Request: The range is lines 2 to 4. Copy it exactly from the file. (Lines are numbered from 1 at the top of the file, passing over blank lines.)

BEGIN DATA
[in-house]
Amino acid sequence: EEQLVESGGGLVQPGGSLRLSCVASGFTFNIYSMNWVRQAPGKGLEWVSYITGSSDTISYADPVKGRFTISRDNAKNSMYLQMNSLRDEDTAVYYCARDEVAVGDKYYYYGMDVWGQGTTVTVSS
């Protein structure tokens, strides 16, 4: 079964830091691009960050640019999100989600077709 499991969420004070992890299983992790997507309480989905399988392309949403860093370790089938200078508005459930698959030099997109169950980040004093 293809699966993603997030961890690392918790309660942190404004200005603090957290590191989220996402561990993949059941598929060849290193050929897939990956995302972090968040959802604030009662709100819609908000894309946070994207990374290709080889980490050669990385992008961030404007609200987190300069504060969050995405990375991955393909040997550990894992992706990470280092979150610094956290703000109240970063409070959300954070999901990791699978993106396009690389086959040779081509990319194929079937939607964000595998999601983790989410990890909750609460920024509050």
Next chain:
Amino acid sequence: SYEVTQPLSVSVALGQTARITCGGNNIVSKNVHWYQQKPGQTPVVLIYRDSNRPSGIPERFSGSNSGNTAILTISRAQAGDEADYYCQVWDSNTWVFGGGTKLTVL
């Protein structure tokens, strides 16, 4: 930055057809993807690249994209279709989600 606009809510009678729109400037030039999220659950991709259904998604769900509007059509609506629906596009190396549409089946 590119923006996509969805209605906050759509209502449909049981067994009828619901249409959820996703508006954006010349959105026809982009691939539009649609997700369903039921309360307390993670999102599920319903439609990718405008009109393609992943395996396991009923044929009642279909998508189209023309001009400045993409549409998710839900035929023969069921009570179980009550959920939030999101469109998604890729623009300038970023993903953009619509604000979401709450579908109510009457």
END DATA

Amino acid sequence: EEQLVESGGGLVQPGGSLRLSCVASGFTFNIYSMNWVRQAPGKGLEWVSYITGSSDTISYADPVKGRFTISRDNAKNSMYLQMNSLRDEDTAVYYCARDEVAVGDKYYYYGMDVWGQGTTVTVSS
């Protein structure tokens, strides 16, 4: 079964830091691009960050640019999100989600077709 499991969420004070992890299983992790997507309480989905399988392309949403860093370790089938200078508005459930698959030099997109169950980040004093 293809699966993603997030961890690392918790309660942190404004200005603090957290590191989220996402561990993949059941598929060849290193050929897939990956995302972090968040959802604030009662709100819609908000894309946070994207990374290709080889980490050669990385992008961030404007609200987190300069504060969050995405990375991955393909040997550990894992992706990470280092979150610094956290703000109240970063409070959300954070999901990791699978993106396009690389086959040779081509990319194929079937939607964000595998999601983790989410990890909750609460920024509050």
Next chain: